Poplar Wood – Not for Outdoors!
I admit it. I used Poplar outdoors and quickly regretted it. We built a large fence and used Poplar trim. (See the Tennis Court Fence here)
We asked 15 carpenters, 10 lumber yards and consulted every library book on the shelf to find out what would last and what wouldn’t. The information just wasn’t there. (Yes, this was 25 years ago, it was pre-internet days). About 10 years in they had to change some of the trim, which was about half Poplar and half Pine. The Pine trim was fine, but the Poplar was looking much like the photo below. This is why I am sharing this information today. Mostly because I kind of wonder if they replaced it with poplar trim again…
The builders of the fence found in Beaches Toronto also mixed their trim. They used some Poplar and some Pine trim. Pine will last fairly well if it is sealed, but Poplar just turns to dust in a few years. The caps, even though they were pressure treated were not sealed. You can see the curve from it soaking up water in both images. Sealing anything that might see standing water (like caps) is always a good idea. Epoxy is the best type of sealer, and quite often we use epoxy adhesive with thickener for caps like this.
|Poplar exposed to the elements just turns to dust|
The Wrong Type of Wood will Turn to Dust!
I can remember a business in Barrie making old-fashioned screen doors out of poplar…2 years and the warranty work started—they were out of business shortly after.
That tennis court fence was about 3 years old when I met with a pair of 90-year-old carpenters for information about how to do chinking on a log home that would last longer than 10 years. (what they told me will be another post). These old timers were the ones that told me Poplar’s ugly secret. He walked up to the fence to the corner of a post trim and picked out a smaller profile. Near the miter joint and squeezed it with his fingernail. “Poplar Huh?” It was already getting spongy.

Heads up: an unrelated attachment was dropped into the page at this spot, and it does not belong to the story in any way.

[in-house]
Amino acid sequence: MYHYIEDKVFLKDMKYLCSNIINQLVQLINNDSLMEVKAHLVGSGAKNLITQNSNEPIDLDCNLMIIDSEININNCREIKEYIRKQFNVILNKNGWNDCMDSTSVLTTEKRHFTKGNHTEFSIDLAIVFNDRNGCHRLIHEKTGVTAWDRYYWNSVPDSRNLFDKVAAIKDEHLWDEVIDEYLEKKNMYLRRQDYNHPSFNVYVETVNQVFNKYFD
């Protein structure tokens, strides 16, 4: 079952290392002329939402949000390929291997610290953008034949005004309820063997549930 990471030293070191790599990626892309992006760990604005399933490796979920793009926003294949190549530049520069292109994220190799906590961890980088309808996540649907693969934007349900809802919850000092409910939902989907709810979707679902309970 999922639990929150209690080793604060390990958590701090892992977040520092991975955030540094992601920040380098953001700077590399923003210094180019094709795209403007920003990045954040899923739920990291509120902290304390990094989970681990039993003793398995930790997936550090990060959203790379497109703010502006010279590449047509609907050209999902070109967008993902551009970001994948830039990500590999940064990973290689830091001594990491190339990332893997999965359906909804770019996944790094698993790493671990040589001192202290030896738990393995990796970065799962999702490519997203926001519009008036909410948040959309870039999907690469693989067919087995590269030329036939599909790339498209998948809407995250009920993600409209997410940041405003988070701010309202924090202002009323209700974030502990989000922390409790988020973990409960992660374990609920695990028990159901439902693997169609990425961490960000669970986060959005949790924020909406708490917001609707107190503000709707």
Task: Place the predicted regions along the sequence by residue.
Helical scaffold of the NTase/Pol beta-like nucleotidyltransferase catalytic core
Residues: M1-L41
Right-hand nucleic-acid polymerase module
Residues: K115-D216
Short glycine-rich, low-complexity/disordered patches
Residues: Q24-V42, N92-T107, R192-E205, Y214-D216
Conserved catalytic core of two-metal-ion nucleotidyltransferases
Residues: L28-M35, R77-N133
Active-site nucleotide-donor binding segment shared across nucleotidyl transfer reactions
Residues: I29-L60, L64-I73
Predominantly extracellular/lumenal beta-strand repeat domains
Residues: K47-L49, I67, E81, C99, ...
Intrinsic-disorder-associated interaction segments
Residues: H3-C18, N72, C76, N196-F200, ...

Poplar is a species of tree that grows along the outside of the forest and grows about 3 times as fast as Maple or Oak. It has no thick sap like pine so it draws water in like a sponge. Since it grows faster–it rots faster. Its purpose in the forest is to break up the ground to allow the more long-lasting species to grow stronger. Rotting poplars supply nutrients to help the other trees grow.
So… No POPLAR Outdoors, please!
Ps: The trouble with doing this kind of decorative work outside is that the stock trim you buy from the big box stores is mostly Poplar–and rookie builders just don’t know. They typically look for profiles that look good together, and don’t get me wrong, proportions and style are important, but species is paramount!
It is a hard lesson to learn if you offer a warranty!